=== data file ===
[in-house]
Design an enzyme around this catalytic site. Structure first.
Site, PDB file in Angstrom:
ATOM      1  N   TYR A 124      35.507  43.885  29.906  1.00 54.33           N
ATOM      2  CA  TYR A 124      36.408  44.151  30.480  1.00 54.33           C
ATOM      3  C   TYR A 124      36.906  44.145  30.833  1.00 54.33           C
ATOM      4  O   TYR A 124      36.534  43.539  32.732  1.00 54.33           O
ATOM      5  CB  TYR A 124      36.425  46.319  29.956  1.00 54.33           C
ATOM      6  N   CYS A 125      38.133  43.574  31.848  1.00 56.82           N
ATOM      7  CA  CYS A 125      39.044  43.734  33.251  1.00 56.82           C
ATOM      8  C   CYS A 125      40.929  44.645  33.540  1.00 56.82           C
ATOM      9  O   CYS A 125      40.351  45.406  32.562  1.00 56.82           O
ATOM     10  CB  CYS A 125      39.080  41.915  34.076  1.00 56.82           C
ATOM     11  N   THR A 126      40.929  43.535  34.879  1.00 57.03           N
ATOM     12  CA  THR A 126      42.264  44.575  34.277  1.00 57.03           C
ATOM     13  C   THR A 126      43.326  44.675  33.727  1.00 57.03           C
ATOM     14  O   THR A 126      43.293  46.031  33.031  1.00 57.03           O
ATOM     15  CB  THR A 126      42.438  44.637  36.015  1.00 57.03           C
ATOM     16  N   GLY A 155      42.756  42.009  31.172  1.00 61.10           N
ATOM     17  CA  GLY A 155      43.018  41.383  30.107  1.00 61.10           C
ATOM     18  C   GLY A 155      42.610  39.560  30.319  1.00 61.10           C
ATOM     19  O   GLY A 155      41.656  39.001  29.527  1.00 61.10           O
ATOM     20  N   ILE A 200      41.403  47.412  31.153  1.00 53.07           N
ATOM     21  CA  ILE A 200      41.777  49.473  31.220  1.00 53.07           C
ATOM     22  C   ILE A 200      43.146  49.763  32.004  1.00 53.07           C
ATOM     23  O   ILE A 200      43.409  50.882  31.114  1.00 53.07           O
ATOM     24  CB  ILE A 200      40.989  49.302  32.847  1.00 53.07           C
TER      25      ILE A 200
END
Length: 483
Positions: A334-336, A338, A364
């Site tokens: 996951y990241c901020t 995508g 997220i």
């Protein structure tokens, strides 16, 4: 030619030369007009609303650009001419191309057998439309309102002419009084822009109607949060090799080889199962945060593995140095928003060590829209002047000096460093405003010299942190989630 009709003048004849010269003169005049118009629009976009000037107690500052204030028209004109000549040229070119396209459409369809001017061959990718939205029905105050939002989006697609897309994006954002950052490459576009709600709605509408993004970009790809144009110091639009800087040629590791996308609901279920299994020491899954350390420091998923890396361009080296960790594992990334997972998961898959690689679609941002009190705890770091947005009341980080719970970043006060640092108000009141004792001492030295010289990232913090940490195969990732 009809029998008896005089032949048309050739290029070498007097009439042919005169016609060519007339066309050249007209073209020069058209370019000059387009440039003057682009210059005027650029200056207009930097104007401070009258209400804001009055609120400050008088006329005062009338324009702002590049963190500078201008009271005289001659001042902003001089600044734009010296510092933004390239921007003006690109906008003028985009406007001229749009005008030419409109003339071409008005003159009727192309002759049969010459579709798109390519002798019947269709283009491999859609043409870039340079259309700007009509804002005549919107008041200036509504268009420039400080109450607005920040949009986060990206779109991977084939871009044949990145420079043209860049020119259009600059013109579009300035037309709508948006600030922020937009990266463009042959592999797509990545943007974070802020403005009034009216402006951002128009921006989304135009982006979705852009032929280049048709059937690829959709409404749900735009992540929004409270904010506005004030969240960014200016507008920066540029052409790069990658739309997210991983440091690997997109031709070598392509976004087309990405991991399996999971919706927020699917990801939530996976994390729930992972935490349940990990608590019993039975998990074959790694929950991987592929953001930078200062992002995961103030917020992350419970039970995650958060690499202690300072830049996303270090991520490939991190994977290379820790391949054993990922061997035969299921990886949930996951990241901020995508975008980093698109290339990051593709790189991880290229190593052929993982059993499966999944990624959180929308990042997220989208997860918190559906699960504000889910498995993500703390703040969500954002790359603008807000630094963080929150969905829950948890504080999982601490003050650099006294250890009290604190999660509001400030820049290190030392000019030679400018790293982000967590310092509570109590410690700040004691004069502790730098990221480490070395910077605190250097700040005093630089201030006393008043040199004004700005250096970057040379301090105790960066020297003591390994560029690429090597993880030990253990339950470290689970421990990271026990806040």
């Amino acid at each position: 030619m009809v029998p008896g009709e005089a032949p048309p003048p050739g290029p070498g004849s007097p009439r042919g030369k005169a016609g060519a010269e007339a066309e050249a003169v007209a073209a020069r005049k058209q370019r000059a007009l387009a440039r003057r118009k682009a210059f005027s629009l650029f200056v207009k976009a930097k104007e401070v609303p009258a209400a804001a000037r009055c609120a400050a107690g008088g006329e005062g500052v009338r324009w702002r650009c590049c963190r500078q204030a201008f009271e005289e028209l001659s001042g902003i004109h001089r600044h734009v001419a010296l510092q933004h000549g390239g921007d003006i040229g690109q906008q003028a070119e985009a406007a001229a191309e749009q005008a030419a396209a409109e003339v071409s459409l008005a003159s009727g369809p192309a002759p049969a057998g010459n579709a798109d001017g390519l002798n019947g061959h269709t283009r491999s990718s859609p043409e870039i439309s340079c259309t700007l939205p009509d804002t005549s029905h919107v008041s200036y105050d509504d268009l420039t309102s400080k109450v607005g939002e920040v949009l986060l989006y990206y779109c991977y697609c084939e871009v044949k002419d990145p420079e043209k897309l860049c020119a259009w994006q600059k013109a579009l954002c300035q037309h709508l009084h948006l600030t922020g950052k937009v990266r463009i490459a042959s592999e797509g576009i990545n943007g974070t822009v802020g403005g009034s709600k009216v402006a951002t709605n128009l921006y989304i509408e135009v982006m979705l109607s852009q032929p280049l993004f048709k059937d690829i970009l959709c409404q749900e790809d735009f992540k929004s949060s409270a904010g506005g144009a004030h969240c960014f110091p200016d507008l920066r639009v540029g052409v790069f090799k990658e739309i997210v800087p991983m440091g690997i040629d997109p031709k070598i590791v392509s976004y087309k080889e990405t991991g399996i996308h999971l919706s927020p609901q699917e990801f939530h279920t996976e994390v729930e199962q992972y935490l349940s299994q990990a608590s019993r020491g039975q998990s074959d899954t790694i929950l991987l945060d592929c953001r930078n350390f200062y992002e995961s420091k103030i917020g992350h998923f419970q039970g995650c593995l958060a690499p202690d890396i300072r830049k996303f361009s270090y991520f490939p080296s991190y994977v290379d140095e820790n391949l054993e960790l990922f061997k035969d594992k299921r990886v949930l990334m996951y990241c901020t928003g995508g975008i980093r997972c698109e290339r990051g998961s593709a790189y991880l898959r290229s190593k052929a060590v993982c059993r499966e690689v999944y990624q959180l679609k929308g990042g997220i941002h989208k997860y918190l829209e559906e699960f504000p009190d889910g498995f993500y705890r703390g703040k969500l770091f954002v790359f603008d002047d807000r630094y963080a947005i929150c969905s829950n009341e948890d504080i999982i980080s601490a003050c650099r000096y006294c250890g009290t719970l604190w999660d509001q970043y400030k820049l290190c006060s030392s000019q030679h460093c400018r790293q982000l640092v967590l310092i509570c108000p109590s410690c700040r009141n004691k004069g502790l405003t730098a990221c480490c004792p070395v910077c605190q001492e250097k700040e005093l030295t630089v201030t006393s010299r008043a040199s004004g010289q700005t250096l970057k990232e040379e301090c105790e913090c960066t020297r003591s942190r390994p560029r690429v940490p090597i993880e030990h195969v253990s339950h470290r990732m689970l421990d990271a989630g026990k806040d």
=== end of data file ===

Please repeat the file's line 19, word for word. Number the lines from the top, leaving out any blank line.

ATOM     16  N   GLY A 155      42.756  42.009  31.172  1.00 61.10           N